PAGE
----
Everyone knows that organic is the way to go, but let’s be practical. Organic foods can be pretty cost-prohibitive and, depending on your locus, hard to come by. Take a quick tool around the natural foods store or even a mainstream grocery chain, and you’ll see a huge price disparity between the organic and “conventional” produce. Shopping at local farm stands, farmer’s markets, and food coops are the wisest options—and very often the cheapest—but, what do you do in a pinch or when you live in an underserved area?
I remember reading (or seeing on the tube) somewhere that fruits and veggies with inedible rinds are safer than those without, pesticide-wise. That makes sense. Peel of the bad stuff on the outside; eat the good stuff on the inside. But is it true or did I imagine it? On a fun vegetarian blog, Veggie Chic, I found a link to a colorful list with handy wallet card that (kind of) confirmed my waking dream, but carried the notion even further.
Compiled by the Environmental Working Group, the produce shopping guide is a list of the Dirty Dozen fruits and vegetables that tested highest for pesticide residue. The Cleanest 12 are the iron-clad garden varieties that scored the lowest. The complete list tops out at 43.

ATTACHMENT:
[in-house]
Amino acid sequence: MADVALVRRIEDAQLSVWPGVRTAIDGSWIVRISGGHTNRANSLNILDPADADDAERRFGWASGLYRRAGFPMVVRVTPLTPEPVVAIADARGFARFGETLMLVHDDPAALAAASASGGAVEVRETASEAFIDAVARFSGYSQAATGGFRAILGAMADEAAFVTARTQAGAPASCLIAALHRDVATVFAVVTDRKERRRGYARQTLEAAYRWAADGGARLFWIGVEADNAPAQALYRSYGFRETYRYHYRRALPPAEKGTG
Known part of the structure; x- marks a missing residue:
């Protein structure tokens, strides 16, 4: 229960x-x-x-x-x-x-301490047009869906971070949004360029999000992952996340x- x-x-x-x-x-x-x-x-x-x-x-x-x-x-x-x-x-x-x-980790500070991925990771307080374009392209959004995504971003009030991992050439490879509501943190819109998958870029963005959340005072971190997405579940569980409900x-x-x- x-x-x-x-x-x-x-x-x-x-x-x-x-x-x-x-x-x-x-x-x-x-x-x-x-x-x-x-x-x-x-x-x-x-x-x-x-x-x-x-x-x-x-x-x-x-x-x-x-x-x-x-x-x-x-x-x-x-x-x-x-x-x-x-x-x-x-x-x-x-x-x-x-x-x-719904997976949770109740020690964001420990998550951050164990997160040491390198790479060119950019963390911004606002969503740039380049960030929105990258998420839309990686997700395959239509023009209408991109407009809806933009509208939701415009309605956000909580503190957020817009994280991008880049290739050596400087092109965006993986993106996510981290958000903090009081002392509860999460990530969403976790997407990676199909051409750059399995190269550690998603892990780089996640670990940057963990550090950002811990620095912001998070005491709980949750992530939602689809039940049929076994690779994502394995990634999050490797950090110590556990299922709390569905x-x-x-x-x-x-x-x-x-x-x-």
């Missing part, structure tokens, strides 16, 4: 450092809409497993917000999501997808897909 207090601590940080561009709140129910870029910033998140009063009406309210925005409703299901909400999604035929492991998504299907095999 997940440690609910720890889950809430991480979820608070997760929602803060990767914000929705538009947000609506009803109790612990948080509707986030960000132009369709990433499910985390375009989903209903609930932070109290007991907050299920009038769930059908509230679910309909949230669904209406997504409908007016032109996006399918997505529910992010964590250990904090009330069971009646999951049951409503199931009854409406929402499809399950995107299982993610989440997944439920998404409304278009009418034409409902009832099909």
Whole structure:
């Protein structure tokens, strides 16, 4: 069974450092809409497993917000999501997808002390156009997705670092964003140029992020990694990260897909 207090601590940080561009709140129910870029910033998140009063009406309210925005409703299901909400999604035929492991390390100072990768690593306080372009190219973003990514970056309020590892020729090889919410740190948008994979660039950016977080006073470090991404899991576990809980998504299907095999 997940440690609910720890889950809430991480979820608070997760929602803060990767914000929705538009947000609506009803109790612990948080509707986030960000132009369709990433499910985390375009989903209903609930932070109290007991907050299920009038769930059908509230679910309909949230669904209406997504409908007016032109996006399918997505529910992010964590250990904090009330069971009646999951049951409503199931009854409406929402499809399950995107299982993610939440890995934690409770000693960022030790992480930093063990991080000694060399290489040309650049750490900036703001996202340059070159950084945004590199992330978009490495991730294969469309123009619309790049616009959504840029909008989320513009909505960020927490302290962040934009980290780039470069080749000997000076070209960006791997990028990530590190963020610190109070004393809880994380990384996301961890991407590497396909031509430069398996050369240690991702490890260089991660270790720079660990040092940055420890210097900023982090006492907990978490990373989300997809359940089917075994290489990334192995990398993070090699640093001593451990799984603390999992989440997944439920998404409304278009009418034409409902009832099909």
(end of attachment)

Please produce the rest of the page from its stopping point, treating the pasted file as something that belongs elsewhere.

Buy These Organic
Sweet Bell Peppers
Lowest in Pesticides
Sweet Corn (Frozen)
Sweet Peas (Frozen)
EWG, the awesome Washington, DC-based 501(c)(3) that brings us Skin Deep: the Cosmetic Safety Database, has done research that is extensively cited in several other articles, including an amazingly comprehensive piece from Consumer Reports, When It Pays to Buy Organic.
In addition to in-depth reporting on organic standards and a great breakdown of labeling, the CR article also has great tips for finding real organic deals. A neighbor of mine told me months ago about a community-supported farm (CSA) that delivers to our ‘hood, and I promptly forgot about it. Then through Local Harvest, I discovered that the very same farm was still taking members this season.
Just days away from the registration deadline, I did some quick math and realized that for around $17.00 a week, I can have a bounty of locally grown (northern NJ), seasonal, organic produce all summer and fall. That’s the same or less than I spend on produce now—and most of what I buy is conventional. If I’d joined earlier, I would have started reaping the benefits two weeks ago, for even more savings.
It’s a big commitment to pay for five months of groceries in one chunk (gulp!)—not something I would have been able to do months ago. But cutting corners on things like lunches out, cable, and subway fare (I cycle most places in the city) have added up to more than realized. Now I can put that savings into affordable, healthful food, and local, sustainable agriculture.
How do you balance your budget and organics? Are any city (or suburban or country) folk part of a food coop or CSA? What are your experiences? I’m curious about the community part, especially for city dwellers. There is a volunteer aspect to my membership that sounds like fun too. Plus, each week’s farm offering will be somewhat of a surprise. Oh, the organic culinary adventures we will have!
(Photos courtesy of Flickr members monitorpop, idp05, and graygoosie.)